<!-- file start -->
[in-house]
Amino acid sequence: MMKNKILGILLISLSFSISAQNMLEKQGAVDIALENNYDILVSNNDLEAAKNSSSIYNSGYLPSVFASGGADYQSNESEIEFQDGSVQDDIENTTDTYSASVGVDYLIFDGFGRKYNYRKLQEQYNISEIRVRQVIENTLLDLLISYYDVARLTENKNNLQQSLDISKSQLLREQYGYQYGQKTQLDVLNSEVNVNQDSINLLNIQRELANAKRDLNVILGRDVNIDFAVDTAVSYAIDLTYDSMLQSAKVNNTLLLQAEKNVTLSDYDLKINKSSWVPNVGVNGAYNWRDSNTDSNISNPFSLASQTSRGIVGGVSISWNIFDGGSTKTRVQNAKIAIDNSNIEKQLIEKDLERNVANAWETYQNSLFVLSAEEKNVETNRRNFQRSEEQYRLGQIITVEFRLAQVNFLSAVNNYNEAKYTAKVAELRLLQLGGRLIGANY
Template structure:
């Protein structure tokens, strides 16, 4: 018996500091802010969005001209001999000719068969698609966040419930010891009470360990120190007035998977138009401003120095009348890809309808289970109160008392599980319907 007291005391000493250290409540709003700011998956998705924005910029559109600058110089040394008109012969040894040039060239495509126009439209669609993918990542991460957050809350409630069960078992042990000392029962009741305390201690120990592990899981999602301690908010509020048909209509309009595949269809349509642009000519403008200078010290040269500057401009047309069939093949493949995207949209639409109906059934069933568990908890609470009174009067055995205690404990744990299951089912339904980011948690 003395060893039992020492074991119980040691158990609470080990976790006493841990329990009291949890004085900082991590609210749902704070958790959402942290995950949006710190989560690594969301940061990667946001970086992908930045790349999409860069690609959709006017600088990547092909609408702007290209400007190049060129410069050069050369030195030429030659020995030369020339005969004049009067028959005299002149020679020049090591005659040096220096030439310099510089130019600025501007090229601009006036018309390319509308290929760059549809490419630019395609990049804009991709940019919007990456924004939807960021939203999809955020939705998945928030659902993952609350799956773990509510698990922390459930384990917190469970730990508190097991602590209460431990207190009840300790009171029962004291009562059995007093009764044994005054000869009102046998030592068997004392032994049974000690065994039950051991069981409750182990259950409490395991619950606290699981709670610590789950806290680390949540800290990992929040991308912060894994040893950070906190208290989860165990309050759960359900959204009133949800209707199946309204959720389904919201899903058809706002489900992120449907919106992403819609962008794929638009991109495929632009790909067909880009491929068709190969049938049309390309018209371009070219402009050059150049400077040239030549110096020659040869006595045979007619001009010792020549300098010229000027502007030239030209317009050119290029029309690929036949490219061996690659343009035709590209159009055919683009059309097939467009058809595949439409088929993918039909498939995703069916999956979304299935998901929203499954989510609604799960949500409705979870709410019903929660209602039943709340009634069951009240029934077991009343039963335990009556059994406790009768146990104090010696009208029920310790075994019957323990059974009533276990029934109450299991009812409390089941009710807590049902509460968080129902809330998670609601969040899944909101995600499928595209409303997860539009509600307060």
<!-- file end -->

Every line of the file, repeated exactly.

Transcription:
[in-house]
Amino acid sequence: MMKNKILGILLISLSFSISAQNMLEKQGAVDIALENNYDILVSNNDLEAAKNSSSIYNSGYLPSVFASGGADYQSNESEIEFQDGSVQDDIENTTDTYSASVGVDYLIFDGFGRKYNYRKLQEQYNISEIRVRQVIENTLLDLLISYYDVARLTENKNNLQQSLDISKSQLLREQYGYQYGQKTQLDVLNSEVNVNQDSINLLNIQRELANAKRDLNVILGRDVNIDFAVDTAVSYAIDLTYDSMLQSAKVNNTLLLQAEKNVTLSDYDLKINKSSWVPNVGVNGAYNWRDSNTDSNISNPFSLASQTSRGIVGGVSISWNIFDGGSTKTRVQNAKIAIDNSNIEKQLIEKDLERNVANAWETYQNSLFVLSAEEKNVETNRRNFQRSEEQYRLGQIITVEFRLAQVNFLSAVNNYNEAKYTAKVAELRLLQLGGRLIGANY
Template structure:
């Protein structure tokens, strides 16, 4: 018996500091802010969005001209001999000719068969698609966040419930010891009470360990120190007035998977138009401003120095009348890809309808289970109160008392599980319907 007291005391000493250290409540709003700011998956998705924005910029559109600058110089040394008109012969040894040039060239495509126009439209669609993918990542991460957050809350409630069960078992042990000392029962009741305390201690120990592990899981999602301690908010509020048909209509309009595949269809349509642009000519403008200078010290040269500057401009047309069939093949493949995207949209639409109906059934069933568990908890609470009174009067055995205690404990744990299951089912339904980011948690 003395060893039992020492074991119980040691158990609470080990976790006493841990329990009291949890004085900082991590609210749902704070958790959402942290995950949006710190989560690594969301940061990667946001970086992908930045790349999409860069690609959709006017600088990547092909609408702007290209400007190049060129410069050069050369030195030429030659020995030369020339005969004049009067028959005299002149020679020049090591005659040096220096030439310099510089130019600025501007090229601009006036018309390319509308290929760059549809490419630019395609990049804009991709940019919007990456924004939807960021939203999809955020939705998945928030659902993952609350799956773990509510698990922390459930384990917190469970730990508190097991602590209460431990207190009840300790009171029962004291009562059995007093009764044994005054000869009102046998030592068997004392032994049974000690065994039950051991069981409750182990259950409490395991619950606290699981709670610590789950806290680390949540800290990992929040991308912060894994040893950070906190208290989860165990309050759960359900959204009133949800209707199946309204959720389904919201899903058809706002489900992120449907919106992403819609962008794929638009991109495929632009790909067909880009491929068709190969049938049309390309018209371009070219402009050059150049400077040239030549110096020659040869006595045979007619001009010792020549300098010229000027502007030239030209317009050119290029029309690929036949490219061996690659343009035709590209159009055919683009059309097939467009058809595949439409088929993918039909498939995703069916999956979304299935998901929203499954989510609604799960949500409705979870709410019903929660209602039943709340009634069951009240029934077991009343039963335990009556059994406790009768146990104090010696009208029920310790075994019957323990059974009533276990029934109450299991009812409390089941009710807590049902509460968080129902809330998670609601969040899944909101995600499928595209409303997860539009509600307060």